Naming characters in a screenplay is simultaneously the best and worst part of writing. The best: You get to make up the names of the people who will live in your story forever. The worst: You have to live with these people for the rest of your writing process and never really know if they have the right names.
There’s that and the fact that choosing character names can be very daunting. What “sounds” good on paper might sound different when spoken in dialog. But ultimately, your job as a writer is to translate that story onto the page.
So, let’s start with five ways to choose great character names for the best read.
No. 1 — Use the A to Z method.
That means that if your main character’s name is Abbey, then her boyfriend’s name can’t be Allen or Alijah. It’s too many A’s in one script. And when the reader – most likely an intern or an assistant to a development executive or the like – reads your script, they speed-read. They don’t stop to verify if Bob and Bobbie are the same person.
One reader told me he goes through six to eight scripts a day. So, you do the math. That’s a lot of skimming, and when two characters’ names start with the same first letter, you’re making it tougher for the reader. To implement the A to Z method, the rule here is you only get to name two characters with an A when you’ve used every single letter in the alphabet all the way to Z.
Let’s hope you don’t have that many characters though!
No. 2 — Avoid androgynous names.
For the same reason we are sticking with one first letter per character, writers should avoid androgynous names like Casey, Robin and Kelly. You want your reader to “get” who this character is in your story as quickly as possible, and the right name is a great way to do that. So, why have the reader spend two or three pages wondering is this a man or a woman if you don’t have to?
There’s an exception to this rule, as there is with every rule, that if your character requires an androgynous name, then give it to him or her. Remember “Pat” in the Saturday Night Live sketch? This character needed an androgynous name for the sketch to work. If this is necessary for your story, then go for it. Otherwise, skip names that might confuse the reader.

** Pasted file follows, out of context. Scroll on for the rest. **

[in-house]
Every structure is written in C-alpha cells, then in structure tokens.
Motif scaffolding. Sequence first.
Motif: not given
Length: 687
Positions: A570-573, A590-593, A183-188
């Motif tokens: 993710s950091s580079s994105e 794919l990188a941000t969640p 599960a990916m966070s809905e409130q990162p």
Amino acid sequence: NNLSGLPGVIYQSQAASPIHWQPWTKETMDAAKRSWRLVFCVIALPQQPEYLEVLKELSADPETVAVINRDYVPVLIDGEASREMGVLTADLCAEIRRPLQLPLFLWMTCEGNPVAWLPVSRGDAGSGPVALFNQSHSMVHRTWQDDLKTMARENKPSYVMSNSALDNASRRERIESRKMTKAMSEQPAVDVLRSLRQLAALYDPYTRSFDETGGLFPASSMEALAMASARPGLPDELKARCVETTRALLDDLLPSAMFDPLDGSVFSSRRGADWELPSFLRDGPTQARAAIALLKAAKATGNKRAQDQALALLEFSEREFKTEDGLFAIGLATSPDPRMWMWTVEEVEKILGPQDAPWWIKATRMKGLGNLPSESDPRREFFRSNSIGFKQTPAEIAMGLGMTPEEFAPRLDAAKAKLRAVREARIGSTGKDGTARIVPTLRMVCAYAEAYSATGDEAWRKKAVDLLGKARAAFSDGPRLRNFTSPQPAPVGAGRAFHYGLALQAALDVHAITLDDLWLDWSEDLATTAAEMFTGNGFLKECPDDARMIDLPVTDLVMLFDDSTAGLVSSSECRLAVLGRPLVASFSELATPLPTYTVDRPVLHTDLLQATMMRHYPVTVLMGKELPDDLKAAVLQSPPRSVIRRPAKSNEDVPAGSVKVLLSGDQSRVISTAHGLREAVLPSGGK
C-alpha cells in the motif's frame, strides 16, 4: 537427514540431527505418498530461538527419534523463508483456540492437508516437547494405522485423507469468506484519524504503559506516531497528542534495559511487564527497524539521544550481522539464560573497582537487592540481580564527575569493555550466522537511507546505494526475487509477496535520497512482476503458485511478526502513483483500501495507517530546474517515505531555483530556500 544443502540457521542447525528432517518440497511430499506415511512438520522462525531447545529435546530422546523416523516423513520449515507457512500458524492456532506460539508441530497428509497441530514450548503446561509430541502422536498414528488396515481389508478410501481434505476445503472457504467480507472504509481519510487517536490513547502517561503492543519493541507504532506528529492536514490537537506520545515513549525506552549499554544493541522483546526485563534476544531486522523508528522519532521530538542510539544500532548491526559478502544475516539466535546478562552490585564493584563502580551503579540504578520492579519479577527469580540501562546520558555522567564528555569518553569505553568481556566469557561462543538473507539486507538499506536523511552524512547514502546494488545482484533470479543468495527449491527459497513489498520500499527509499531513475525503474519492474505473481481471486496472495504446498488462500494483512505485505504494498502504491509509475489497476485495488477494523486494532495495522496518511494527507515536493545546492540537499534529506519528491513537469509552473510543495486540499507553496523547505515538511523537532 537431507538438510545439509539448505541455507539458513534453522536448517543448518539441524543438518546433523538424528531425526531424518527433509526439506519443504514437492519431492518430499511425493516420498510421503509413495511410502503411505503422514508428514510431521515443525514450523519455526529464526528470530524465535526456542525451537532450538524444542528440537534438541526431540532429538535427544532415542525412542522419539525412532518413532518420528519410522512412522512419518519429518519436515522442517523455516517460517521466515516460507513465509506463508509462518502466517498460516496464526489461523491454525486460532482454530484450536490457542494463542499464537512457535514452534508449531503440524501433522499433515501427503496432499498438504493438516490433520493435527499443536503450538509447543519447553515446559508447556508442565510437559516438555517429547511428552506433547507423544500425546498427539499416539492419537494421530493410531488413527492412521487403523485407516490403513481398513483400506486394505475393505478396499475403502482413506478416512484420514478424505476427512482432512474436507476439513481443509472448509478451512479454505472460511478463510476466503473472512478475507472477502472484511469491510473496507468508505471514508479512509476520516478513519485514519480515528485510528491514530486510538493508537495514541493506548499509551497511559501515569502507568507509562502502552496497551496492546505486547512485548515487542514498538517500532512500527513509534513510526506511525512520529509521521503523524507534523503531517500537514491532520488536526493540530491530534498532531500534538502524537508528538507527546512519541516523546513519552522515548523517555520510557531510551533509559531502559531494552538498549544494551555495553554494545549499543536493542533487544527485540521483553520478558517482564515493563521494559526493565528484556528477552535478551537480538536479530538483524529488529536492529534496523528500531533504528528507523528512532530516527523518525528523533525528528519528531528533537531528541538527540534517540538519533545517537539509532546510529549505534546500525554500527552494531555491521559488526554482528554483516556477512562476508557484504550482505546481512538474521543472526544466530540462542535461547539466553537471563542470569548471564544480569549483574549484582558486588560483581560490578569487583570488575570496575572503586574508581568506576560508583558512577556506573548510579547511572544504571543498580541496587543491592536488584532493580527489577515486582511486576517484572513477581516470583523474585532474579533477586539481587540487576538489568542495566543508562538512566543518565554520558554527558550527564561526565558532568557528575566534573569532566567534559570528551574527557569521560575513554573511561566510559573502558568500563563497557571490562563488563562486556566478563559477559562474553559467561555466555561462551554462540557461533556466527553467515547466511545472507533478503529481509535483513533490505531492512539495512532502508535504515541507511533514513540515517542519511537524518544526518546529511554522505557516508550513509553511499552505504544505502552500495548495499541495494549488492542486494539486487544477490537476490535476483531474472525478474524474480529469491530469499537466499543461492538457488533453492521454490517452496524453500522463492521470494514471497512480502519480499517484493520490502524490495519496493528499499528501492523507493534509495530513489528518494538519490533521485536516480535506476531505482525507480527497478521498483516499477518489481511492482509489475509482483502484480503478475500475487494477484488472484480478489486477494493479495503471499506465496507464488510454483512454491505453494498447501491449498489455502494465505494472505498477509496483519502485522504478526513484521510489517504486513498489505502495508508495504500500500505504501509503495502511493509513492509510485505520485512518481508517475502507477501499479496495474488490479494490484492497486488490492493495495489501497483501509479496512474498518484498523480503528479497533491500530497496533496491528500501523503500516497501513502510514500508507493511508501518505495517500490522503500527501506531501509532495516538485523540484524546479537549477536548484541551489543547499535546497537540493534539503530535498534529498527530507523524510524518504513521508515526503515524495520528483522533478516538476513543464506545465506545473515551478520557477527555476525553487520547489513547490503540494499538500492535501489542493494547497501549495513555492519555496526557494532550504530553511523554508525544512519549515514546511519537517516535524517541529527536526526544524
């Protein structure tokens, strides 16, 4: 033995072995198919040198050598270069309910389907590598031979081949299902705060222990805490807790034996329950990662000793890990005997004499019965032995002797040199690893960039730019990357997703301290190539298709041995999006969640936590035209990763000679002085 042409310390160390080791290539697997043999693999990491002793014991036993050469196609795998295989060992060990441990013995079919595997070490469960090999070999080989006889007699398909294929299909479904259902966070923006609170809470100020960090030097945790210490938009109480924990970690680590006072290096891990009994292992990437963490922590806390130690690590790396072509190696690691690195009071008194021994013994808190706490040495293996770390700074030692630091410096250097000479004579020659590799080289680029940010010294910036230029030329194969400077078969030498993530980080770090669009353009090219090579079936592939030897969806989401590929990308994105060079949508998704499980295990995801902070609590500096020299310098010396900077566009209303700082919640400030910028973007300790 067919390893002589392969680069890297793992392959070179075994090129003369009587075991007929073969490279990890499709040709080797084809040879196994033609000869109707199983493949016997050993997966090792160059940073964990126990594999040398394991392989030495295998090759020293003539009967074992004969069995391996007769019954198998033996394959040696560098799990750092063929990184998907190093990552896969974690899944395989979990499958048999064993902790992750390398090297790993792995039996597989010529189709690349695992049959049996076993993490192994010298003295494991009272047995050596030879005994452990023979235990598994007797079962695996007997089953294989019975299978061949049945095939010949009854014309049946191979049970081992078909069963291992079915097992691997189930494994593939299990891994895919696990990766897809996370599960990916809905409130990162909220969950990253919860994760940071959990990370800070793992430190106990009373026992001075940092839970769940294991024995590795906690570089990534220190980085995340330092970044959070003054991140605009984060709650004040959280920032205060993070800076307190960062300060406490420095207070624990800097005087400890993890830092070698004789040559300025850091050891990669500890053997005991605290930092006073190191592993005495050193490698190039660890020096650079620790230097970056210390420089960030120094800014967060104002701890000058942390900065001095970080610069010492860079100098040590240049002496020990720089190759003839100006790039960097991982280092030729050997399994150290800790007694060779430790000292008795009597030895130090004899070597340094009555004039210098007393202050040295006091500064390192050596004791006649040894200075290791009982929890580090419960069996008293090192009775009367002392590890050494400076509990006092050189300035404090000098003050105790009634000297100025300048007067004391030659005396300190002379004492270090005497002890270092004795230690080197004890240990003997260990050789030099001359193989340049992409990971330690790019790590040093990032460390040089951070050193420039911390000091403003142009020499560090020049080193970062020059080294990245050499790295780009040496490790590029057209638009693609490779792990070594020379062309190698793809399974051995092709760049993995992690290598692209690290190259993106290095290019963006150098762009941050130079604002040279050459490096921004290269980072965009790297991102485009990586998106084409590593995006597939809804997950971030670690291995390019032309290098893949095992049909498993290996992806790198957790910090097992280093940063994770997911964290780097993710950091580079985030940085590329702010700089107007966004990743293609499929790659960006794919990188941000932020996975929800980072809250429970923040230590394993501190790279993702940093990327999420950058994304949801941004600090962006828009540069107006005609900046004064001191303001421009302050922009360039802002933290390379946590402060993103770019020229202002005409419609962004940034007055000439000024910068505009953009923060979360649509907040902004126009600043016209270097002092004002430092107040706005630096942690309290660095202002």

No. 3 – Give it context.
Character names can illuminate personalities and add meaning to your story. They can tell us about the person whose story this is. For example, in Miss Congeniality, Sandra Bullock’s character’s name is Gracie Hart. She’s a tough FBI agent, but she’s also got a lot of heart.
The meaning behind the character’s name can reflect their personality but also the time and location where the story takes place. If you’re writing a period piece set in Ancient Greece, naming a character to reflect that time period makes sense. Or if you’re writing a gritty cop drama, consider calling your characters by their last names. Writer Katie Dippold does this in The Heat, calling Sandra Bullock and Melissa McCarthy’s characters by their last names Ashburn and Mullins, respectively.
No. 4 — Make it memorable.
Try this quick test for good character names.
Take out a piece of paper and write down 10 of your favorite movies. Now next to each title, write down the main character’s names.
Chances are you know those characters’ names. And it’s not just because the story is so great, it’s because their names are memorable, too. Choosing an iconic name goes across genres. Rocky, Yoda, Hannibal Lecter, Inigo Montoya, Scarlett O’Hara, Ichabod Crane, Bridget Jones, Forrest Gump, Shrek name a few, but there are so many more. Make your choice memorable like these, and you’ll inevitably hook the reader into your story.
No. 5 — Use common sense.
Avoid names that are too weird, too long, too hard to read. Make things easy for your reader and he or she will be kind to you.
Or… just throw that all into the wind and do what you want. If it’s creative and the story is good, rules can be broken. We’d love to hear from you. What are your favorite character names?